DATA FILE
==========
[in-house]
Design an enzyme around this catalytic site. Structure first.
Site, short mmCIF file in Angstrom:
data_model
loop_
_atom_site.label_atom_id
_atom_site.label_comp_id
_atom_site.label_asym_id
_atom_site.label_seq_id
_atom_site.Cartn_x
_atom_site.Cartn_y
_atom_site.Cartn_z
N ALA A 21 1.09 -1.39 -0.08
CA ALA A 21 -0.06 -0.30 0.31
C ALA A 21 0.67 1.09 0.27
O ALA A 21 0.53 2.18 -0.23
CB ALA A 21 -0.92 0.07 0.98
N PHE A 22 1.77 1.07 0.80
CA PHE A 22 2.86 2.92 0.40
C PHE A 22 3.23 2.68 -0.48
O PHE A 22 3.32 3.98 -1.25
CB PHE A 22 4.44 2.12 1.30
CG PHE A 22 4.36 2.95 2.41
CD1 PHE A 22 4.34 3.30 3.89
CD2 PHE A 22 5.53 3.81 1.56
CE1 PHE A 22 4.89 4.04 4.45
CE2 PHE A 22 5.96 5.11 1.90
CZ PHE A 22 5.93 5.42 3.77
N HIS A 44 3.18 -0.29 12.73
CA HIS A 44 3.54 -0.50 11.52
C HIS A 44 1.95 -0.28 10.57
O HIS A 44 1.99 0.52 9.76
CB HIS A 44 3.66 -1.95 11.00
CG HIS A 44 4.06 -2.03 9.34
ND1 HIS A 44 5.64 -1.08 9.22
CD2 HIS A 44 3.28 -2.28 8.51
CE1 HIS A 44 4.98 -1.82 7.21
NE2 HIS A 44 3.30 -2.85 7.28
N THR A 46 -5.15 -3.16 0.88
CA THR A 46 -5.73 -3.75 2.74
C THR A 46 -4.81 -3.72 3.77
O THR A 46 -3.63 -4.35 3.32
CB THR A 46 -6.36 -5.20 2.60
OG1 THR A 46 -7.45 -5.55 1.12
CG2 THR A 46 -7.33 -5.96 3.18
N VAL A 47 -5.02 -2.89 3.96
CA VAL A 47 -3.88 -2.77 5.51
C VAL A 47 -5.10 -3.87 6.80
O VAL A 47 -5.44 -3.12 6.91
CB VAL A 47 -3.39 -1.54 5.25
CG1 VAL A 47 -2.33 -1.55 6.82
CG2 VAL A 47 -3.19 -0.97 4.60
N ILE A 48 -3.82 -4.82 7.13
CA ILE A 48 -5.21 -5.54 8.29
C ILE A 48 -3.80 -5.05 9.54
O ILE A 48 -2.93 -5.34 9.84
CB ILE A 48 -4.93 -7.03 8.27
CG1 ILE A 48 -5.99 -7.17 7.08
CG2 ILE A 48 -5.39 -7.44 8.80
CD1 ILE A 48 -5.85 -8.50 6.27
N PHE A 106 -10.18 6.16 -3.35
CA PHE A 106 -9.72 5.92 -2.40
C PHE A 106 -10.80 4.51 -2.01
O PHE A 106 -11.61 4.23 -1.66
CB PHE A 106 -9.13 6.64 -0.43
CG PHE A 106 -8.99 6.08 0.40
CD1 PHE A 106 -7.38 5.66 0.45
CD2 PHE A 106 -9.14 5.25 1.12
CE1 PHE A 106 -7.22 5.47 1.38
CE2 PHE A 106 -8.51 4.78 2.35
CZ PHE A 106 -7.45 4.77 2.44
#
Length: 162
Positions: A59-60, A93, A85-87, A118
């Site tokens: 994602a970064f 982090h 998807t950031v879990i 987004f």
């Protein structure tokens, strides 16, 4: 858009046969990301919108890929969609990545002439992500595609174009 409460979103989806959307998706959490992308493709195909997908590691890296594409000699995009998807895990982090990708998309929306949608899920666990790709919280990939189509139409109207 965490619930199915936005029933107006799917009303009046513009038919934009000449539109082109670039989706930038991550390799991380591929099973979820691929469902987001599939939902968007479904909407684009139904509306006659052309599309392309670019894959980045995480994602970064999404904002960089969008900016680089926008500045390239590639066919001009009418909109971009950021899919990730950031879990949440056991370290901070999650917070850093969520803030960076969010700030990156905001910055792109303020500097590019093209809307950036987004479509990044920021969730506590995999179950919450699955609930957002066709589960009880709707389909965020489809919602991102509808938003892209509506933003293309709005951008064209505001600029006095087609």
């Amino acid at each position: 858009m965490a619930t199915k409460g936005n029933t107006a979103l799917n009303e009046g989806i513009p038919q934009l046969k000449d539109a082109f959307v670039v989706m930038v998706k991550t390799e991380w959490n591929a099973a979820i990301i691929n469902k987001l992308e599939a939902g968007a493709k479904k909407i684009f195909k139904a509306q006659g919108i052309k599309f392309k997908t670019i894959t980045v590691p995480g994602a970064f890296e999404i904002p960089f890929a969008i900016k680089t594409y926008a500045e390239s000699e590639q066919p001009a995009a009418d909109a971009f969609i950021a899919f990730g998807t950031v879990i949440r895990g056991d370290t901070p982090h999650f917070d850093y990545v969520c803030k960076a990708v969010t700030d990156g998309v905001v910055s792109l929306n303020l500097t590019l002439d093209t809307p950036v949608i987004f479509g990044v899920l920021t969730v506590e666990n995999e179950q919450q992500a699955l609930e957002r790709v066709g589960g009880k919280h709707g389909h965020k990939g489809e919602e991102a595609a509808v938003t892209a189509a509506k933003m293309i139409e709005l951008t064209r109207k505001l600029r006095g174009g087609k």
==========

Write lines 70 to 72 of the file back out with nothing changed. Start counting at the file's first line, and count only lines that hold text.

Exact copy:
CE2 PHE A 106 -8.51 4.78 2.35
CZ PHE A 106 -7.45 4.77 2.44
#